Additionally, Honda stopped making its Civic hatchback in 2000 and it didn’t start making them again until around 2014 or 2015.  Because of this, you may have some trouble finding a used hatchback for under $5,000.00.  This is OK though as the sedan still gives you plenty of space in the trunk as well as the rear of the vehicle.

3.  The Chrysler Town and Country

If you’re looking for more space, a car camping van might be the best way to go. A good Town and Country will be at the upper end of your $5,000.00 budget, but it can still easily be found at this price point.

Advantages of The Chrysler Town and Country

  • Cargo Space
  • Sleeping Capabilities
  • Comfort

The Town and Country often comes with Stow-and-Go seating which means that the back benches will completely fold down into the floor.  This is great for campers that want to make full use of the van’s storage area without having to lug the back benches in and out of the house before each camping trip.

With all of the extra space in the back, you could leave your tent at home and opt to sleep in the back of the van.  The 8 foot long and the 4 foot wide dimensions make it easy for two adults and one small child to sleep inside.  This reduces the amount of gear you have to pack and gives you a little more comfort and safety.

Just remember that bears can rip vehicle doors right off so don’t think you’re safe to leave food in your van in bear country.  Always follow proper bear protocol in your area regardless of what you happen to be sleeping in. 

Additionally, the Town and Country was built for comfort, so those long drives to your camping destinations will be a lot more comfortable.  Some options that were available in this vehicle were leather seats, superior interior gauges, dual climate control systems, and DVD players.

Disadvantages of The Chrysler Town and Country

  • Sliding Doors
  • Size

A set of sliding doors can be great for getting in and out of the vehicle in a tight parking space.  I’ve actually come to my vehicle to find out that the person next to me parked so close that I couldn’t fully open my front doors but was able to get in thanks to my sliding doors.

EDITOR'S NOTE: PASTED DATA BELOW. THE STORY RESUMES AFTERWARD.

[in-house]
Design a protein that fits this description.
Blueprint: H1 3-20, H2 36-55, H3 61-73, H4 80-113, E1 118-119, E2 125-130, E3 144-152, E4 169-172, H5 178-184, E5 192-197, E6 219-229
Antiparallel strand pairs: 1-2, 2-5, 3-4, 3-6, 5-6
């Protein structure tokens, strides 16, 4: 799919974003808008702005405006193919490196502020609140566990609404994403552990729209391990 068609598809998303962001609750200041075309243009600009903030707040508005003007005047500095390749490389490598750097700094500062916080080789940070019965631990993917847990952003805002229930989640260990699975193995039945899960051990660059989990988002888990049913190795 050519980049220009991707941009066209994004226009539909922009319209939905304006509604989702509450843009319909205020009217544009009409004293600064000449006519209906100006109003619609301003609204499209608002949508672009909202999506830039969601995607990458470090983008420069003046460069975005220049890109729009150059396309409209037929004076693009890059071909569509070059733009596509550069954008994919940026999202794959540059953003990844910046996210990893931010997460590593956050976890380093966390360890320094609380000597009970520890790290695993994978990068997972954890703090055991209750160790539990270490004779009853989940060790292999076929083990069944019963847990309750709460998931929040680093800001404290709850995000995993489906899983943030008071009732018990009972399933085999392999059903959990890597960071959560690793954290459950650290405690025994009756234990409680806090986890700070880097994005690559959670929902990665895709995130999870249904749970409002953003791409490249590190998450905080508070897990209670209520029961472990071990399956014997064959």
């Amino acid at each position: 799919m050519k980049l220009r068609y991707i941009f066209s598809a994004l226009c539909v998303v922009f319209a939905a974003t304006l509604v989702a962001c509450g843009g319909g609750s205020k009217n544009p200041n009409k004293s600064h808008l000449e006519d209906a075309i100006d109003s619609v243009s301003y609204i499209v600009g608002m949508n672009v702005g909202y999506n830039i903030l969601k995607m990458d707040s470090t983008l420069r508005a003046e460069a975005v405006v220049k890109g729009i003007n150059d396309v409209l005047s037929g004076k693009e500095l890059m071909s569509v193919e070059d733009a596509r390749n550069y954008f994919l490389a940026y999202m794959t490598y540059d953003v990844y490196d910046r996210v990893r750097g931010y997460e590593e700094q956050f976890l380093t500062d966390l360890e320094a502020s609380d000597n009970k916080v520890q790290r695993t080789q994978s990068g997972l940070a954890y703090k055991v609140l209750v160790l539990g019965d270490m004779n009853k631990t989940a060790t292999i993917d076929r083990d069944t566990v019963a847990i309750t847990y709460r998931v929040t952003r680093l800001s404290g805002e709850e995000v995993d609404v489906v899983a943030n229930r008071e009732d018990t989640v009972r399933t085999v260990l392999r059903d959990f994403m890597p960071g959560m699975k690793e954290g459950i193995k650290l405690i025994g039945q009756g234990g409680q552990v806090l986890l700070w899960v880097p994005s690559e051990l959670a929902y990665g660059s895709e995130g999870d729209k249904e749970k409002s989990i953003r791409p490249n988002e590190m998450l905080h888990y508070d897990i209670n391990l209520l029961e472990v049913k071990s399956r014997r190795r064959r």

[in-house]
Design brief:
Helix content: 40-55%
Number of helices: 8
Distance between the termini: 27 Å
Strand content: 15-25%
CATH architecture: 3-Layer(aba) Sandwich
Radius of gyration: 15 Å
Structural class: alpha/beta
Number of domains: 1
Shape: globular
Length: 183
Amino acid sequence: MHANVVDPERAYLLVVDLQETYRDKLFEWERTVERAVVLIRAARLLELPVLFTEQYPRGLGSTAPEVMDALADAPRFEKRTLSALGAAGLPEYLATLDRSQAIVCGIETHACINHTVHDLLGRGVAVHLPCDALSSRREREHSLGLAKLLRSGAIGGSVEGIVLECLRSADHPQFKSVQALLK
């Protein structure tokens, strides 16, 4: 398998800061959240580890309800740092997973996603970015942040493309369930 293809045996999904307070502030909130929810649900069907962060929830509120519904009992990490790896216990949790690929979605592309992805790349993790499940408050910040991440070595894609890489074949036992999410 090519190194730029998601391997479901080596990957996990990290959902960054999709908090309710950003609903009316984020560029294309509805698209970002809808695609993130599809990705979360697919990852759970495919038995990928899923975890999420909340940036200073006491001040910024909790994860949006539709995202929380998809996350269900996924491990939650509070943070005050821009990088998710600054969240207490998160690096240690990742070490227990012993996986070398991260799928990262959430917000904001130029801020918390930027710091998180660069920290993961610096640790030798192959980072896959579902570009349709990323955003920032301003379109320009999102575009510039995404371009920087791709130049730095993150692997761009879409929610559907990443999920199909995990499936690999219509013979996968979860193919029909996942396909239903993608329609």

Unfortunately, sliding doors are more complicated than standard doors and they are more prone to problems.  Some people have reported that their doors stopped sliding over time and the cost of fixing them wasn’t worth it.

Additionally, vans are much longer than hatchbacks and sedans so you’ll have to keep this in mind when parking in tight campgrounds or parks.

4.  The Honda Element

Honda Elements were built with outdoor adventures in mind.  They were a niche vehicle that ran for about 8 years with the last ones being made in 2011.

This vehicle can be had in one of its earlier models for less than $5,000.00.  4-wheel drive models will cost you more but are probably worth it for the extra versatility you get with a 4-wheel drive vehicle.

Advantages of The Honda Element

  • 4 Wheel Drive
  • Camping Options
  • Fold-up Seating
  • Plastic Floors
  • Reliability

These little crossovers come with four-wheel drive, suicide doors, and a flat plastic floor that can easily be wiped down after your trip.  This makes them perfect for camping since you’ll be able to get it as dirty as you like inside without having to worry about ruining the interior.

For example, a torrential downpour starts and you decide to pack up camp and leave.  You end up throwing your muddy tent and camping gear into the back.  With a normal vehicle, you’d have to shampoo the carpets and you’d still probably have stains afterward.  With your Honda Element, you just have to get a hose and maybe a sponge and some soapy water to be good as new.

If you want to upgrade your Element in the future, you can buy the E-Camper conversion kit which turns your rooftop into a sleeping area.  This also gives you some neat options for camping inside the bottom of your vehicle as well and you’ll be able to get dressed while standing up inside.

The Element is made by Honda, so you’ll also have Honda’s legendary vehicle reliability to fall back on when you’re out on the road.

Disadvantages of The Honda Element

  • Maintenance
  • Gas Mileage

To the dismay of many Honda Element enthusiasts, Honda stopped making this vehicle many years ago.  As a result, you may find the availability of parts to be lacking.  There won’t be any more of these vehicles so once the availability of used replacement parts runs dry, you’ll have to find custom solutions to any problems that may arise.

Additionally, the gas mileage on this vehicle isn’t that great.  The Element is small so you’d expect it to get around 25 – 30 miles per gallon but you end up with a vehicle that only gets about 20 miles per gallon combined.  To put it into perspective, I own a small 10-year-old truck and it gets better gas mileage than this.